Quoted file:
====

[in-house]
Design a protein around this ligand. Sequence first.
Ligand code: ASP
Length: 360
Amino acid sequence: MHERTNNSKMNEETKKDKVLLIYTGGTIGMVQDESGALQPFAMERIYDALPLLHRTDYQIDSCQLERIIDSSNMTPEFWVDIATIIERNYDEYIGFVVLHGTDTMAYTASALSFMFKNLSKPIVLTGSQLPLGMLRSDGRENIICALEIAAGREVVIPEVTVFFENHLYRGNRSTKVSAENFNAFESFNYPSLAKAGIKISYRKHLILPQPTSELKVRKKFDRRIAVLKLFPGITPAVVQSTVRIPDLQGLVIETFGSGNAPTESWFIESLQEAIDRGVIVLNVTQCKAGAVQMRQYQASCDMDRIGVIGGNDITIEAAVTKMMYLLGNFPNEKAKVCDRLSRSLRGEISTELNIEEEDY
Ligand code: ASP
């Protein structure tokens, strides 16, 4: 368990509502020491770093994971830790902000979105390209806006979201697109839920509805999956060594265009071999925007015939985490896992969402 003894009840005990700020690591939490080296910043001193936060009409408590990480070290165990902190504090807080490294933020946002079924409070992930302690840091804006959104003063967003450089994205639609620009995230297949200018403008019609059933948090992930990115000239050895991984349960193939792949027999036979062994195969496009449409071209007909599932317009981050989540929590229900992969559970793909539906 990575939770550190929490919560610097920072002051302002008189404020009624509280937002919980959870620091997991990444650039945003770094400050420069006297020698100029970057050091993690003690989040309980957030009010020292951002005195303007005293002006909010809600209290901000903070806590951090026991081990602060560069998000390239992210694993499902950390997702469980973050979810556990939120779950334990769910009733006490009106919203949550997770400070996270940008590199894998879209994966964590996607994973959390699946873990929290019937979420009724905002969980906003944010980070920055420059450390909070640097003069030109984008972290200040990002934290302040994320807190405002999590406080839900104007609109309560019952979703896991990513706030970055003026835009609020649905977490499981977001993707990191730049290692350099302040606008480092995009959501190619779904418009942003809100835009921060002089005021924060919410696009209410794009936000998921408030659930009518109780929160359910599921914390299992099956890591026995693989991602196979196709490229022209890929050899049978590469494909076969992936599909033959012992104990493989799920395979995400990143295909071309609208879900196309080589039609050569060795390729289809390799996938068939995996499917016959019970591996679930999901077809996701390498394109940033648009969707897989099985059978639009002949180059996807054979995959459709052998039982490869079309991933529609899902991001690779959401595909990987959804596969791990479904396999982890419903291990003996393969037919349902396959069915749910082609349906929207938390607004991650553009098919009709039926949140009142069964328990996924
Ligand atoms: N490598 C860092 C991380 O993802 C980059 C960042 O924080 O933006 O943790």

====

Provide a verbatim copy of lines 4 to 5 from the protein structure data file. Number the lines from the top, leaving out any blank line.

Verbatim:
Length: 360
Amino acid sequence: MHERTNNSKMNEETKKDKVLLIYTGGTIGMVQDESGALQPFAMERIYDALPLLHRTDYQIDSCQLERIIDSSNMTPEFWVDIATIIERNYDEYIGFVVLHGTDTMAYTASALSFMFKNLSKPIVLTGSQLPLGMLRSDGRENIICALEIAAGREVVIPEVTVFFENHLYRGNRSTKVSAENFNAFESFNYPSLAKAGIKISYRKHLILPQPTSELKVRKKFDRRIAVLKLFPGITPAVVQSTVRIPDLQGLVIETFGSGNAPTESWFIESLQEAIDRGVIVLNVTQCKAGAVQMRQYQASCDMDRIGVIGGNDITIEAAVTKMMYLLGNFPNEKAKVCDRLSRSLRGEISTELNIEEEDY